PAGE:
For the people frothing at the mouth on this one what they should really be upset about is our inability to produce propellants since BAE shut the last plant down years ago….now that is shocking.The last one, ROF Bridgwater closed in 2008…

andy reeves
Guest
andy reeves

agreed

Martin
Guest
Martin

It’s been like this for atleast 100 years, major reason the lion class battleship’s were never built was a shortage steel armour especially after 1938 when the skoda works was taken over by the nazis.

Why does no one care that the microprocessors onboard are made in the USA and the plastic moulding in China.

Steel is an increasingly less useful material and yet it still politically seen as something important.

Expat
Guest
Expat

The hull cost of a T26 is something like 8% of the value of the ship. Do we really want to be focusing our investment efforts on commodities like Steel. The systems on these ships are far more exportable and could create better higher paid jib for people than steel manufacturing better to focus our effort where we can compete and win.

Andy
Guest

To be totally honest I am unfortunately sceptical that we can continue to build warships in the UK if we do not augment our defense shipbuilding industry commercially. I do not believe that the tonnage forecasted to be ordered from the Royal navy is sufficient enough to warrant the cost of maintaining ship yards and ensuring the skilled work force retained and trained. The continuity of the skilled work force is Paramount. It is of course a buyer’s market. Taiwan for instance has a class of 700 ton Corvettes ( Tuo Chiang) with stealth capability designed primarily to destroy large… Read more »

Paul Bestwick
Guest
Paul Bestwick

The batch 1 is in build and the orders placed. Has any work gone on with industry to improve the percentage for the next batch and what steels are required for the various Type 31 designs.

farouk
Guest
farouk

The key statement here is:
The Government have revealed that 50% of the steel (by value)

Which is how the political elites inform the great unwashed that the British flagship Type 26 Frigate program (which is meant to save the British ship building industry) contains only 35% British made steel, this less than a week after British steel went into receivership. This is what happens when you have MPs more concerned about those who hate us than those who they are paid to represent.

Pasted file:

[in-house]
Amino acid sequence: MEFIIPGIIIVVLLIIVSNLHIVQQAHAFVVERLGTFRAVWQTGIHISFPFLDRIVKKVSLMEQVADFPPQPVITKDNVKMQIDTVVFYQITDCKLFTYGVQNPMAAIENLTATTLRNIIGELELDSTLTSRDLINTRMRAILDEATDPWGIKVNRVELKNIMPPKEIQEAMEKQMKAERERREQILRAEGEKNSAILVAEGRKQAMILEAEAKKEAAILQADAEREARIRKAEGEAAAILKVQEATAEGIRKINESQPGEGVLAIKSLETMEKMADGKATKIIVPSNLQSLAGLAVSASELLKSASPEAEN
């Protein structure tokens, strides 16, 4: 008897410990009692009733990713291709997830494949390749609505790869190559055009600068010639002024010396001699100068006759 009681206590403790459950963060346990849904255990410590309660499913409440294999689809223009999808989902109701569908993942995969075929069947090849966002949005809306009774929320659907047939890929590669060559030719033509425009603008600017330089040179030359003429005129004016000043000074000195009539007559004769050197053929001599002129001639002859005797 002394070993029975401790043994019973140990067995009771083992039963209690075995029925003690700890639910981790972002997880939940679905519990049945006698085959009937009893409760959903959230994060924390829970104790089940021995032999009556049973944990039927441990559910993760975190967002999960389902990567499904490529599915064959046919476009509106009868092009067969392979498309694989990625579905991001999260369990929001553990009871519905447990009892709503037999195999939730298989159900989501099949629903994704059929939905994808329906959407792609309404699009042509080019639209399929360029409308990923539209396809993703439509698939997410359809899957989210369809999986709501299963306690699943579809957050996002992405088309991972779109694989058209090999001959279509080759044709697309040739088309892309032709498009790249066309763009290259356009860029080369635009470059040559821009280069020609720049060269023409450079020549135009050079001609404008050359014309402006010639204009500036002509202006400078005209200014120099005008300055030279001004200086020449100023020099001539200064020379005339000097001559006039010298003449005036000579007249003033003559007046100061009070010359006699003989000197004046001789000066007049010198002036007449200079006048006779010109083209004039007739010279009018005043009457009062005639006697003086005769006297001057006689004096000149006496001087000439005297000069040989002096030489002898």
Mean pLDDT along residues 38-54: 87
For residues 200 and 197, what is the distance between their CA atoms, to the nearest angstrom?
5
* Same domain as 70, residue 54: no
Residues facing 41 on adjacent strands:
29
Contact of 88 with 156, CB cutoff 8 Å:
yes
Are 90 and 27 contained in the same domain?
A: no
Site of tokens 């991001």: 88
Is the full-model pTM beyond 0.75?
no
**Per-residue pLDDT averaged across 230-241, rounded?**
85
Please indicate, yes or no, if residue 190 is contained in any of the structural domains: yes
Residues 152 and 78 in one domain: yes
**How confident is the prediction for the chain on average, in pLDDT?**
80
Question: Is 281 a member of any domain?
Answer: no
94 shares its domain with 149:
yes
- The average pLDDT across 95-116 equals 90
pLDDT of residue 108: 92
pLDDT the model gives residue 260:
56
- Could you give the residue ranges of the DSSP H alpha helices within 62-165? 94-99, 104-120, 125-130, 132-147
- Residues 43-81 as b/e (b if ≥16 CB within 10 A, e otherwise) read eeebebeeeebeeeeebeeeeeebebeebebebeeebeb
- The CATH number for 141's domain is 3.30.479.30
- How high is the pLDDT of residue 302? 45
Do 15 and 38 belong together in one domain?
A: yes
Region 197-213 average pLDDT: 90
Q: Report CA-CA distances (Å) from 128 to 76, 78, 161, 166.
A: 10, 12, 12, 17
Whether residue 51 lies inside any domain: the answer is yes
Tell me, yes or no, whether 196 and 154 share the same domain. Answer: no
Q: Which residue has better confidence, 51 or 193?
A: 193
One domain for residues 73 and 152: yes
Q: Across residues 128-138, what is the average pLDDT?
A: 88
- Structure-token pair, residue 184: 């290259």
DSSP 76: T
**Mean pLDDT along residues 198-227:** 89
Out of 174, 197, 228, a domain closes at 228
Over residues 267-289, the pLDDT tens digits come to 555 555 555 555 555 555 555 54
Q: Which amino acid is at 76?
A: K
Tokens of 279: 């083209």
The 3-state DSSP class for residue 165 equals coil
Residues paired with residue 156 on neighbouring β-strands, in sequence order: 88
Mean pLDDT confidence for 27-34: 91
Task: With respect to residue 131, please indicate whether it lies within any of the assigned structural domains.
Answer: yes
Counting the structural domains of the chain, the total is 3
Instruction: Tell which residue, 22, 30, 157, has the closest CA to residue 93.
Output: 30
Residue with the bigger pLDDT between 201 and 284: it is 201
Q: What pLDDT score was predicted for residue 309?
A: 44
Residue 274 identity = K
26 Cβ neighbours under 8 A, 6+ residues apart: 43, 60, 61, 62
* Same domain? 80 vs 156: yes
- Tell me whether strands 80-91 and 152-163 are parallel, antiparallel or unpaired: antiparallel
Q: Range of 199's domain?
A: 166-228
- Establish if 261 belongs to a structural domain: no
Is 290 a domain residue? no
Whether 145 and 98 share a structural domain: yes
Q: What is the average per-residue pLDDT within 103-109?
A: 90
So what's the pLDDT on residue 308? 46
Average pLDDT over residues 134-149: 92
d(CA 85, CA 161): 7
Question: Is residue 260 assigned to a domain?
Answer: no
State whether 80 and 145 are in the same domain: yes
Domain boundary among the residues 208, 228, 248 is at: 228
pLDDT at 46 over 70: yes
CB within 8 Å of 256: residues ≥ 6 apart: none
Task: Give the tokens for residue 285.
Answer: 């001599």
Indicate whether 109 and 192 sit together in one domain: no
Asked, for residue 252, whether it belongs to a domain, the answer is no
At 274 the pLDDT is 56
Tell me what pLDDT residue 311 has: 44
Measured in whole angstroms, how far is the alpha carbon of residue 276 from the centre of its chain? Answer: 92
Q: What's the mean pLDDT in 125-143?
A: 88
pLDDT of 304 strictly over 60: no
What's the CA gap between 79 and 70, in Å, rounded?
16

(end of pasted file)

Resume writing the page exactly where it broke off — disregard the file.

Rudeboy
Guest
Rudeboy

If you seriously think 8 Type 26’s using around 50,000 tonnes of steel built over a 10 year period was designed to save the British Steel industry you’re absolutely barking mad….

We make 8,000,000 tonnes per year of the stuff…

The T26 would be 2 days prodution…

farouk
Guest
farouk

I didn’t say save the steel industry, I stated Ship building industry.

Cam
Guest
Cam

We invented god dam STEEL!!. And the government should nationalise British steel! And protect it! We used to have hundreds of blast furnaces now we have hardly any!. Why can’t the government protect our heavy industry! If we nationalise it and it only makes a small profit then why not!! And when the government sold all our heavy industry ect off why not just keep it?, if the company’s who bought it make money why wouldn’t the government? Oh yeah they can’t run a bath properly! But they could employ people who are clever…

Blackivar
Guest
Blackivar

Just a technicality, but we did not invent steel. Steel has been made since 1800BC at least. We invented the modern Bessemer process of steel production. However, your point stands, it would be better to have steel production publicly owned, rather than in the hands of venture capitalists. One would assume in any post Brexit world – that this might be an option, or more than likely the government will invent new excuses rather than blame the EU subsidy rules. Given that nearly all parties agree infrastructure investment is desperately need to drive the economy, surely it would be sensible… Read more »

Trevor
Guest
Trevor

And who is going to buy the steel that your nationalised steel company produces? Steel that would be over priced unsalable and just stockpiled.